The system used a small tank of cyanobacteria to generate energy. It was placed on a windowsill for six months during the Covid-19 outbreak in 2021. During that time, energy from photosynthesis was generated and powered a treadmill computer. Arm microprocessor.
The research was led by Christopher Howe at the University of Cambridge. Howe and his colleagues built a small carrying case roughly the size of an AA battery. They make this battery from aluminum and clear plastic. They then placed a colony of cyanobacteria called Synechocystis sp. PCC 6803 to the battery.
Commonly known as “blue algae,” this type of cyanobacteria produces oxygen when it is exposed to sunlight using the process of photosynthesis. The researchers used this process to harness the power of photosynthesis. The system then supplied a continuous current through the battery’s anode and cathode, thereby powering the Arm processor.
All in all, the system seems very basic, but it’s proof that photosynthetic batteries can be used in electronics. To test the overall capacity of the battery, the researchers programmed the computer to run for 45-minute cycles. During those cycles, the computer sums consecutive integers to simulate its workload.
The computer needs about 0.3 microwatts of power during those cycles. It will then go into standby mode for 15 minutes, using about 0.24 microwatts of power. Surprisingly, the photosynthetic power worked for six months without interruption. In addition, the machine continued to run for another six months after the test ended.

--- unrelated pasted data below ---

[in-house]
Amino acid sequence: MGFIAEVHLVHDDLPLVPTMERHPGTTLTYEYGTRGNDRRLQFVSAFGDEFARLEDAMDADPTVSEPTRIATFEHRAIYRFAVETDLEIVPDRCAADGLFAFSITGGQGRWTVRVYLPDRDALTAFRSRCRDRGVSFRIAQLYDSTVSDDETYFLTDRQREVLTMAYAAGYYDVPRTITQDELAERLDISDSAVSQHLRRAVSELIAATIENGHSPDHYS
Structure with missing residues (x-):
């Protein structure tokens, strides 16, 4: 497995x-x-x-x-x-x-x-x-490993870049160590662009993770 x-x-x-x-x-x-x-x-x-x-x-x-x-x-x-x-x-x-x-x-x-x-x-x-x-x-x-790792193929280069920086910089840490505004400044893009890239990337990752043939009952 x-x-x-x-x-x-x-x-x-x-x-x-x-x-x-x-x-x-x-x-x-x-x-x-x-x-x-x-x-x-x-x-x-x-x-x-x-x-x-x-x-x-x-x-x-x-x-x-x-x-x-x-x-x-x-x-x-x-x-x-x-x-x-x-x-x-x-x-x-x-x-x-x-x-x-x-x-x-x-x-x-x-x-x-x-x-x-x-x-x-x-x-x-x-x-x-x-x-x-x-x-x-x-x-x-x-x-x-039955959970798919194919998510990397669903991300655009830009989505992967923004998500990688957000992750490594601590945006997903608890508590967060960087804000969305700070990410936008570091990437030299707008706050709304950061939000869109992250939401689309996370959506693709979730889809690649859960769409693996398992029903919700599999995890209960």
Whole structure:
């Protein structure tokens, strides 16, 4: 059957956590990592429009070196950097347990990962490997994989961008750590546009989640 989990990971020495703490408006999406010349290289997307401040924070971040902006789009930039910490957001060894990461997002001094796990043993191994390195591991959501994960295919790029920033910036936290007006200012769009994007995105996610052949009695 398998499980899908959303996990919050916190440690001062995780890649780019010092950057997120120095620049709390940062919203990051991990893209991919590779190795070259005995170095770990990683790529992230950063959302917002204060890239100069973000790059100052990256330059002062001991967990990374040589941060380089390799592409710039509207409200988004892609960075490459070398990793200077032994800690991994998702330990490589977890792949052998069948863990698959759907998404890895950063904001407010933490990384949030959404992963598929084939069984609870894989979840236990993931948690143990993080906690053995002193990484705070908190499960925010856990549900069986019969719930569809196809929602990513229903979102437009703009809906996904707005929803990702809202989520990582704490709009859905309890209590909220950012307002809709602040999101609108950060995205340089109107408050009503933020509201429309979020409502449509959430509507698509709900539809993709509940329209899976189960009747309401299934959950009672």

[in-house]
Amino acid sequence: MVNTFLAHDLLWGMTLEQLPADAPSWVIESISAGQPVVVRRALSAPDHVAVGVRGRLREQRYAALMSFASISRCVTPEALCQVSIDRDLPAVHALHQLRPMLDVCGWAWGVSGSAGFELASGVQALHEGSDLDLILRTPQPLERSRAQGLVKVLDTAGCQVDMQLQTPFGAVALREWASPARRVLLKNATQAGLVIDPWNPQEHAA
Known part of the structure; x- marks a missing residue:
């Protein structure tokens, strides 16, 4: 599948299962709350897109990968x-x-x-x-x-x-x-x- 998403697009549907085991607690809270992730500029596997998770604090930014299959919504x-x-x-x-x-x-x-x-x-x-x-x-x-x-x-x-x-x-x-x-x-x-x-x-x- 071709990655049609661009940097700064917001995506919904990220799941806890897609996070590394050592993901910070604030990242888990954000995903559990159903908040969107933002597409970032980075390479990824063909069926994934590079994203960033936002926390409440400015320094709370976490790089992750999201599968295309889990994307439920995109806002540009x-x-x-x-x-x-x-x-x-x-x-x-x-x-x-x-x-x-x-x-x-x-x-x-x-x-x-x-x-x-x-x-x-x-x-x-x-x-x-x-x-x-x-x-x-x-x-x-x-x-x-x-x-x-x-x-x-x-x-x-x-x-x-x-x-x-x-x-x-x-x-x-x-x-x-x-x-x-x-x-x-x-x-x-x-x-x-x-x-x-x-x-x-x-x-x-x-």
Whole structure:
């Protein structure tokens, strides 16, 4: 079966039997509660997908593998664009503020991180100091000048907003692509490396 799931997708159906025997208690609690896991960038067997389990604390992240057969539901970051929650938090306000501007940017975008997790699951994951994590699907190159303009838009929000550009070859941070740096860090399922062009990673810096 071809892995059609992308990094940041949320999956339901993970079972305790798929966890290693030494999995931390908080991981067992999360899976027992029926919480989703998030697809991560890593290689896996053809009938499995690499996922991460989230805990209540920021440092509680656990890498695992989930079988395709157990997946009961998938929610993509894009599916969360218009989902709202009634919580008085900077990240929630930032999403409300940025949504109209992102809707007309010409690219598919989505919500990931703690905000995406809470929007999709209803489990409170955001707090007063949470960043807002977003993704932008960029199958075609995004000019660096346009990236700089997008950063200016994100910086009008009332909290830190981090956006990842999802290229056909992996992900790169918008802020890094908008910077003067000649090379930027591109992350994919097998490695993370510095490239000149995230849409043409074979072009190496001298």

Researchers aren’t sure exactly what the source of the photosynthetic energy is. Howe says it’s possible that the cyanobacteria produced their own electrons.
It is also possible that they simply create the conditions that allow the aluminum anode to generate electrons. Corrosion of the aluminum inside the container causes a chemical reaction that allows it to generate electrons. However, whatever the cause of the photosynthetic power, the technology is still promising.
Howe believes they can scale even further. This will allow the energy of photosynthesis to power countless electronic devices. However, he says more research is needed on the topic to see how far it can be scaled.
The researchers believe we can make similar photosynthetic batteries very cheaply. They also believe that it is possible to see the commercial possibilities of this technology within the next five years. In the past, similar studies have allowed us to harness sunlight, including turning sunlight and water into fuel.
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